Gerald would have liked to come out ahead in front of Melvin, but he could not bring himself to cheat or trick the twins. He had known them his entire life and they had been sick as young girls. They deserved fairness. Which of us does the sucker rightfully belong to? Gerald wondered, for it must belong to someone, as things always belong to someone, except perhaps things that grow in nature like grass. But (and his knees buckled; he sat on his bottom; Melvin sat too; the twins stood), but certainly a stick of candy does not grow in nature, and therefore it must belong to someone fairly. Gerald replayed the moment when, like a rainbow, the sucker had quietly come into view. Gwendolyn Brown had walked by in a pink dress. Her face was stained to match. The twins were on their lawn practicing cartwheels. Gerald and Melvin were on their own lawn, reading and pulling out grass, respectively. Every so often Melvin would violently throw a handful of grass at Gerald, and Gerald would ignore him, brush the blades from his hair. When Gwendolyn appeared, Gerald looked up from his book, then restrained himself and looked back down. Gwendolyn often walked the six blocks from her house in order to give or let them borrow something she owned. She owned lovely things. Multi-colored surprises. She was very generous, it seemed. And yet, profoundly, one wished that Gwendolyn would stop coming around.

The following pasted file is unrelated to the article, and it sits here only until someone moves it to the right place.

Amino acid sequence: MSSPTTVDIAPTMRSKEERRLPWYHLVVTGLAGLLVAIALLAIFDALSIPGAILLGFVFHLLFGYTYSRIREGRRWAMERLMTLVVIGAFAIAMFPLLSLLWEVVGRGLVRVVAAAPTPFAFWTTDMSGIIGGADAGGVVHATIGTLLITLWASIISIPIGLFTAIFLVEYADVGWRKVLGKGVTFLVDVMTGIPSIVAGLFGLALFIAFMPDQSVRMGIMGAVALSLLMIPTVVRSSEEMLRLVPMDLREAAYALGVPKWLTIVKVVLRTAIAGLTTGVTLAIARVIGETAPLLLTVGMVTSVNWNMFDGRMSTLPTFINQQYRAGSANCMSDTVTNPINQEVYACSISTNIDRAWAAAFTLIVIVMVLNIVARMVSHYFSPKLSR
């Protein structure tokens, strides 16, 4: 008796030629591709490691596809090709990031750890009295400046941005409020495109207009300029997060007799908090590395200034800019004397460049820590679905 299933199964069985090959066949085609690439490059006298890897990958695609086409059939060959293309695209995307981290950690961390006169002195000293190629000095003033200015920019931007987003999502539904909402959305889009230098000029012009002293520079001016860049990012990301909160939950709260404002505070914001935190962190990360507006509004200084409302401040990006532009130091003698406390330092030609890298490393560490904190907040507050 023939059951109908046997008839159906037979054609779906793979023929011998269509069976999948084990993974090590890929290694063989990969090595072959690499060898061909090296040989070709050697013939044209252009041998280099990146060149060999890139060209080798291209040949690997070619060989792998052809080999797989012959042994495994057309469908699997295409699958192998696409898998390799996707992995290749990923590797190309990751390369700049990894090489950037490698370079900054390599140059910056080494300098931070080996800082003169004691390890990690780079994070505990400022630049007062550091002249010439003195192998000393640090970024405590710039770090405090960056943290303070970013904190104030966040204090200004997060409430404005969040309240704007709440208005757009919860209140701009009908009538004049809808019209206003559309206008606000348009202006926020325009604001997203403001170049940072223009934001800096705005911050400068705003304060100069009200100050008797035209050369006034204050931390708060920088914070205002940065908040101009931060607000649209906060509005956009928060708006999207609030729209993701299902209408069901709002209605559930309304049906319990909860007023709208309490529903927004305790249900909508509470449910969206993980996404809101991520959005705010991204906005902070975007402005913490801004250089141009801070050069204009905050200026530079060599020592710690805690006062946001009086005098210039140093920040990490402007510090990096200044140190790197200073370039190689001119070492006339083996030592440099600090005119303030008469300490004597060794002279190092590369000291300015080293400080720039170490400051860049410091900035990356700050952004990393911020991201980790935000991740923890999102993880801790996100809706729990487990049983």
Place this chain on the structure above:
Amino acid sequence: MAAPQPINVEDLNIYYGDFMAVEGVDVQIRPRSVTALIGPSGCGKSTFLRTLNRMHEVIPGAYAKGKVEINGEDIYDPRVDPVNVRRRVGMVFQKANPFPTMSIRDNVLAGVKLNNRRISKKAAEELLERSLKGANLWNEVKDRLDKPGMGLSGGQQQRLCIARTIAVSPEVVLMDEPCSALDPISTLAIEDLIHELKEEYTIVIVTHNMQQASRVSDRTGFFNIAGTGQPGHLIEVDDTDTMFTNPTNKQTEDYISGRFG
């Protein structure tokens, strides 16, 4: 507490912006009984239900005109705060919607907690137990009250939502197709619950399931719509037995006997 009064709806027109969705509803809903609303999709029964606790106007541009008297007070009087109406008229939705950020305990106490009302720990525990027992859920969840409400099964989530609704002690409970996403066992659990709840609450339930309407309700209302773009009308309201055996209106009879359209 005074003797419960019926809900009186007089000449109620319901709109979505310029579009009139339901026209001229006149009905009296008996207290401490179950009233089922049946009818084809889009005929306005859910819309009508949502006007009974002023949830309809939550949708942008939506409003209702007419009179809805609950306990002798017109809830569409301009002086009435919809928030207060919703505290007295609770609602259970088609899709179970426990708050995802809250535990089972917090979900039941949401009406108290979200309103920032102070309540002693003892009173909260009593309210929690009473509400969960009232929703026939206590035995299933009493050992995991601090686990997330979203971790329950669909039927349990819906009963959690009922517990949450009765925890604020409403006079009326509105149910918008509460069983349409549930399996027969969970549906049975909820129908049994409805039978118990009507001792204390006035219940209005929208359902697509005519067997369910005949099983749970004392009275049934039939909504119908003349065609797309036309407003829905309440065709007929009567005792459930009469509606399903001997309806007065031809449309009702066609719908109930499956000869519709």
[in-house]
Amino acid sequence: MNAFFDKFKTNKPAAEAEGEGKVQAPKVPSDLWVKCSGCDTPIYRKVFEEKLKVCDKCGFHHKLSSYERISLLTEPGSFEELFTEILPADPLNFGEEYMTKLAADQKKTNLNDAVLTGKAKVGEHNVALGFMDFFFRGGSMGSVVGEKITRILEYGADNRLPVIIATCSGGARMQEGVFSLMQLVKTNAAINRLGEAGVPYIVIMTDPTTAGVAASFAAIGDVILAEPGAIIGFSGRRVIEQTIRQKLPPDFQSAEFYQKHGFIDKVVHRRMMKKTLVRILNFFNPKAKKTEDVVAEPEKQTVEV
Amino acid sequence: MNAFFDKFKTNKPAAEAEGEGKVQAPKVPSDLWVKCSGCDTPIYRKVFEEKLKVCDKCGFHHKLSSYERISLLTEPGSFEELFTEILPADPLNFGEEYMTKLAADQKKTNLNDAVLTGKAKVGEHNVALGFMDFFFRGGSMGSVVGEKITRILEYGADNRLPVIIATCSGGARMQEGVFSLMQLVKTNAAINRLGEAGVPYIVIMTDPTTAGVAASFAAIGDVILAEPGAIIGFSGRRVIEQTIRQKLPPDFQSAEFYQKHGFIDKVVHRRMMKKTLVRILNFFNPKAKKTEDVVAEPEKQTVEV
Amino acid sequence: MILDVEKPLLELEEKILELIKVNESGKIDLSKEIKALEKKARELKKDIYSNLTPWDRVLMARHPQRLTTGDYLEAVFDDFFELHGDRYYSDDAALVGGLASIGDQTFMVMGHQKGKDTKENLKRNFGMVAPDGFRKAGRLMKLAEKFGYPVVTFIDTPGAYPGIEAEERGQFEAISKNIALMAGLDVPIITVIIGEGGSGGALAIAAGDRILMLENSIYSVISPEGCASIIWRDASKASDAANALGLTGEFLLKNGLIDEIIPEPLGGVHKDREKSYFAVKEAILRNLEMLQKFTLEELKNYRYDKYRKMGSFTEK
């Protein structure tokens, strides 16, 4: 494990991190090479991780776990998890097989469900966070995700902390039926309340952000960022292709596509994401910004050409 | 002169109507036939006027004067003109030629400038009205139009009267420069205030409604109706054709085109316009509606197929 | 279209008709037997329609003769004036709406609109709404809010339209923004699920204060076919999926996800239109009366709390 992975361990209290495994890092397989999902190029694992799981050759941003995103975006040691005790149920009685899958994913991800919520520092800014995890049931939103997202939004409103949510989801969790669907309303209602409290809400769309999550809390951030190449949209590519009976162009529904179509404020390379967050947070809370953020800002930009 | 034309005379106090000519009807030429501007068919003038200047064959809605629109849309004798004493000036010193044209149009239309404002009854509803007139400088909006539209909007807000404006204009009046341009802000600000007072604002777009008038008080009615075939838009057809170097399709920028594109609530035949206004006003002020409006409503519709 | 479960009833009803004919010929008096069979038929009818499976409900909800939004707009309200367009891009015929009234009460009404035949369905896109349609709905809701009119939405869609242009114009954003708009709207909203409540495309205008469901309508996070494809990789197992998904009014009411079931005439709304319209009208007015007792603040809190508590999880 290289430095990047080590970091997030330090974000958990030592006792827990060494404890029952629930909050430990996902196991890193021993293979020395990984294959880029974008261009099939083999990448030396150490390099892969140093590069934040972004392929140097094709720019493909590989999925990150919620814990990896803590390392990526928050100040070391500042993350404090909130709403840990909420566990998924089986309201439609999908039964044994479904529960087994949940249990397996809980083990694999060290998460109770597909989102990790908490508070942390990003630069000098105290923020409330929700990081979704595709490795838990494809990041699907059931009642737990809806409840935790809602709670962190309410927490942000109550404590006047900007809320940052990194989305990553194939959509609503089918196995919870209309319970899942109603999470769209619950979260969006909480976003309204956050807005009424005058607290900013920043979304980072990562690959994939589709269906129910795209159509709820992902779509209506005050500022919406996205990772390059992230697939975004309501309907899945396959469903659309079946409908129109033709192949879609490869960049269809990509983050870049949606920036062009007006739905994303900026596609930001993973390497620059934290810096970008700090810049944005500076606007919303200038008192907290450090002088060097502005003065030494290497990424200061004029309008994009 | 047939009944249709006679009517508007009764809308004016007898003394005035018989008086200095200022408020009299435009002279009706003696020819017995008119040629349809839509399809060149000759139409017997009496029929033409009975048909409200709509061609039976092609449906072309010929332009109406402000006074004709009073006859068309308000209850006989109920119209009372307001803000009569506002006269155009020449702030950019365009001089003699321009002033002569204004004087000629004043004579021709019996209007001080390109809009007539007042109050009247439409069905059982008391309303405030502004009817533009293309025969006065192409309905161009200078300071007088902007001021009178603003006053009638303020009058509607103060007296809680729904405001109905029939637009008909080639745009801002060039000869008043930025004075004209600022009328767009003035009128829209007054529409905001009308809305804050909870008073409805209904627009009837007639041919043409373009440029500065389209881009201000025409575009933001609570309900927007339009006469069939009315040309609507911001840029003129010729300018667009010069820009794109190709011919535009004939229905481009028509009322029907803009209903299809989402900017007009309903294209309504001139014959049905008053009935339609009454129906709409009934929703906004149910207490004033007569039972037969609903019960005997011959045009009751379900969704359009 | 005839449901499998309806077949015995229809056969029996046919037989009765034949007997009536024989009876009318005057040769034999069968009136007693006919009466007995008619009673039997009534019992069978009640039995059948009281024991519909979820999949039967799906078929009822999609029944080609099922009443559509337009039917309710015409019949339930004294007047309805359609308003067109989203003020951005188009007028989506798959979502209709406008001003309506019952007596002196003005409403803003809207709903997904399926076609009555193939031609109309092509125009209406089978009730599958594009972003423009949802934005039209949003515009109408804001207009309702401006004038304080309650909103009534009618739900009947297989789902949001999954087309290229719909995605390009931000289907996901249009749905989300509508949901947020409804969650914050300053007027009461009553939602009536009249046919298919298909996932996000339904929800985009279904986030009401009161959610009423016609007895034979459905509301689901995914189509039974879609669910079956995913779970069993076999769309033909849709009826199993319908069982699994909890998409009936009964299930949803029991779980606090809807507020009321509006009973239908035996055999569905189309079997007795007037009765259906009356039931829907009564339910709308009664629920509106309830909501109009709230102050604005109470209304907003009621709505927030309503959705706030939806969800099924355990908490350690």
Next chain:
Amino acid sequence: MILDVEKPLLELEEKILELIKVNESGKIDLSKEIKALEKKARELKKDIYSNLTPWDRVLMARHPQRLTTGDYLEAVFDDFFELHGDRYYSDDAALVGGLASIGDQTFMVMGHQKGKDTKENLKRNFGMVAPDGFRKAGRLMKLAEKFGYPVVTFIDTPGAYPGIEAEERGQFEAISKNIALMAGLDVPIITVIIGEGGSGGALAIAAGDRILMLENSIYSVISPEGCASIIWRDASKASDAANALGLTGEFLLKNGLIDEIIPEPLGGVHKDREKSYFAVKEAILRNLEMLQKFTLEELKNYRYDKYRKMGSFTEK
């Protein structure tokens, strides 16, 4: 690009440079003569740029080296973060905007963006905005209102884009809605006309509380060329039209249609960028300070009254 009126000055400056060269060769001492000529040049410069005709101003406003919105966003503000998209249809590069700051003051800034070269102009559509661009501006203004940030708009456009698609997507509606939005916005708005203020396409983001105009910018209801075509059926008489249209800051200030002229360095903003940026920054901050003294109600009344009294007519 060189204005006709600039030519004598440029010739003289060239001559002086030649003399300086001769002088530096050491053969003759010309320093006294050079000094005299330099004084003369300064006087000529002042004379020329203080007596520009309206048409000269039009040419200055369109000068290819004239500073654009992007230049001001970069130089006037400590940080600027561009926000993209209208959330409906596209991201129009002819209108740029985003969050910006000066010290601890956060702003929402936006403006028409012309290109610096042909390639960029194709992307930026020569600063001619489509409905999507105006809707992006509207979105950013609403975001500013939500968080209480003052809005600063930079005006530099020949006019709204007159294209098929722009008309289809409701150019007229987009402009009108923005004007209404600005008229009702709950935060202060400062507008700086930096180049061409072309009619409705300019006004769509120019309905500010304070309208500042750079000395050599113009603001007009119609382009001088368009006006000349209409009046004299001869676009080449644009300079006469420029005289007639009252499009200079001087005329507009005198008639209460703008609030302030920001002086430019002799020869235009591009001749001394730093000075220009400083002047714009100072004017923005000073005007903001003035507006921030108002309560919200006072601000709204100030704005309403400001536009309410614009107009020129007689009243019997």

“I’ve brought you a gift,” Gwendolyn said. The Epstein and Muncie children squinted. “It’s my third best.” She took something out of her purse and laid it in the grass directly on the dividing line between the Muncie’s property and the Epstein’s.

      In the past, Gwendolyn had given them marbles and colored pencils, her goldfish and her red bike. With these gifts, she had introduced to their lives new kinds of grief. Envy, for example, when one’s brother or sister had a turn on the bike, or regret, when a marble rolled into the gutter. And one always had an unnameable feeling, a terrible feeling, when the gift was at last used up, lost, or returned. Now, although he would have liked to act properly, to play the hero Melvin longed to be related to, Gerald felt depressed by the sight of the sucker and he wished that it had never appeared.

      Melvin was more certain than ever that his brother was soft. Too dumb to outfox the twins, too small to stake a claim. Gerald is eleven, Melvin marveled. The cusp of manhood and look at him there.

      “Rock-scissor-paper won’t work,” said Evie, “Me and Ivy always throw the same thing.” To demonstrate, the girls made fists and counted to three. Both threw rock. They did it again. Both threw paper.

      Yes, Gerald thought, this is true. He had seen this. The twins sat down; they all sat in a circle. Lawns were being mowed nearby. Maybe no one should get it, Gerald thought. Maybe we should preserve it and plant it with the perennials where our properties meet.

      This is dull, Ivy thought, and she took out her jacks for nothing was happening. Children should not make decisions, of this she was sure. Besides they all knew that Evie would have her way, and why not? Perhaps the one who wants most should have. But then, Ivy thought, I was sicker. I have suffered more. Haven’t we known Gerald for a very long time? Ivy mused. Isn’t that nice? She picked up four jacks.